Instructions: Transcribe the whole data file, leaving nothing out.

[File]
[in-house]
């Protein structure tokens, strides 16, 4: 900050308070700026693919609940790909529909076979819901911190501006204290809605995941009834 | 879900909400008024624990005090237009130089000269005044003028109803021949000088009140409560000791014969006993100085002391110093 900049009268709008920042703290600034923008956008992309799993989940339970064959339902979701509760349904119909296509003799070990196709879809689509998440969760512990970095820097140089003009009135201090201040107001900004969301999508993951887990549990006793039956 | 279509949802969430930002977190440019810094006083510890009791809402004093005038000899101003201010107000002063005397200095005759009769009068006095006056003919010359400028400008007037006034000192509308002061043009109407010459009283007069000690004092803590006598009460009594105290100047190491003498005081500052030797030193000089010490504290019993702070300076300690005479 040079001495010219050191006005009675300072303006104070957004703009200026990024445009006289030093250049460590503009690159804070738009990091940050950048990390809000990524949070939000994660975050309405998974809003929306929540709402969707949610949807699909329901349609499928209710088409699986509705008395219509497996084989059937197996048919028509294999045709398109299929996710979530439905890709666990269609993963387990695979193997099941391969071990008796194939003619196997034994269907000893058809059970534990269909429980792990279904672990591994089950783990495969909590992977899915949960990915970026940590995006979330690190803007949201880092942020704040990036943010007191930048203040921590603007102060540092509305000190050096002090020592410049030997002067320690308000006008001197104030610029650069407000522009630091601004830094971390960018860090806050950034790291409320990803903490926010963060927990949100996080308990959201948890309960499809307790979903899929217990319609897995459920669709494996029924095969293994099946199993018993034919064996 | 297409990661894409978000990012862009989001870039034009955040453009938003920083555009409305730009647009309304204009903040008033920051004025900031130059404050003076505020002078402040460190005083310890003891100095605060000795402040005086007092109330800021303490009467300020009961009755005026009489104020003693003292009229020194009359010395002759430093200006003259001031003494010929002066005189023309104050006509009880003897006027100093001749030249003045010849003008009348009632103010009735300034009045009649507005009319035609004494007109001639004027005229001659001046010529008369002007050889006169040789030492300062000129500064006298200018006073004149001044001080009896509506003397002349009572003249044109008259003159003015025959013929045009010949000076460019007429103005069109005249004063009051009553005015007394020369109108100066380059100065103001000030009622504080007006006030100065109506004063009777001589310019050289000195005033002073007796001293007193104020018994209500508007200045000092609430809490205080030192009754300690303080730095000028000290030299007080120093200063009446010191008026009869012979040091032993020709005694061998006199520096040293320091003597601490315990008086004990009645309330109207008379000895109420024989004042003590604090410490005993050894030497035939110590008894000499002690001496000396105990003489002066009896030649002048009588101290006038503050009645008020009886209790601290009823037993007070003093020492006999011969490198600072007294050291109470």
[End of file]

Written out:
[in-house]
């Protein structure tokens, strides 16, 4: 900050308070700026693919609940790909529909076979819901911190501006204290809605995941009834 | 879900909400008024624990005090237009130089000269005044003028109803021949000088009140409560000791014969006993100085002391110093 900049009268709008920042703290600034923008956008992309799993989940339970064959339902979701509760349904119909296509003799070990196709879809689509998440969760512990970095820097140089003009009135201090201040107001900004969301999508993951887990549990006793039956 | 279509949802969430930002977190440019810094006083510890009791809402004093005038000899101003201010107000002063005397200095005759009769009068006095006056003919010359400028400008007037006034000192509308002061043009109407010459009283007069000690004092803590006598009460009594105290100047190491003498005081500052030797030193000089010490504290019993702070300076300690005479 040079001495010219050191006005009675300072303006104070957004703009200026990024445009006289030093250049460590503009690159804070738009990091940050950048990390809000990524949070939000994660975050309405998974809003929306929540709402969707949610949807699909329901349609499928209710088409699986509705008395219509497996084989059937197996048919028509294999045709398109299929996710979530439905890709666990269609993963387990695979193997099941391969071990008796194939003619196997034994269907000893058809059970534990269909429980792990279904672990591994089950783990495969909590992977899915949960990915970026940590995006979330690190803007949201880092942020704040990036943010007191930048203040921590603007102060540092509305000190050096002090020592410049030997002067320690308000006008001197104030610029650069407000522009630091601004830094971390960018860090806050950034790291409320990803903490926010963060927990949100996080308990959201948890309960499809307790979903899929217990319609897995459920669709494996029924095969293994099946199993018993034919064996 | 297409990661894409978000990012862009989001870039034009955040453009938003920083555009409305730009647009309304204009903040008033920051004025900031130059404050003076505020002078402040460190005083310890003891100095605060000795402040005086007092109330800021303490009467300020009961009755005026009489104020003693003292009229020194009359010395002759430093200006003259001031003494010929002066005189023309104050006509009880003897006027100093001749030249003045010849003008009348009632103010009735300034009045009649507005009319035609004494007109001639004027005229001659001046010529008369002007050889006169040789030492300062000129500064006298200018006073004149001044001080009896509506003397002349009572003249044109008259003159003015025959013929045009010949000076460019007429103005069109005249004063009051009553005015007394020369109108100066380059100065103001000030009622504080007006006030100065109506004063009777001589310019050289000195005033002073007796001293007193104020018994209500508007200045000092609430809490205080030192009754300690303080730095000028000290030299007080120093200063009446010191008026009869012979040091032993020709005694061998006199520096040293320091003597601490315990008086004990009645309330109207008379000895109420024989004042003590604090410490005993050894030497035939110590008894000499002690001496000396105990003489002066009896030649002048009588101290006038503050009645008020009886209790601290009823037993007070003093020492006999011969490198600072007294050291109470």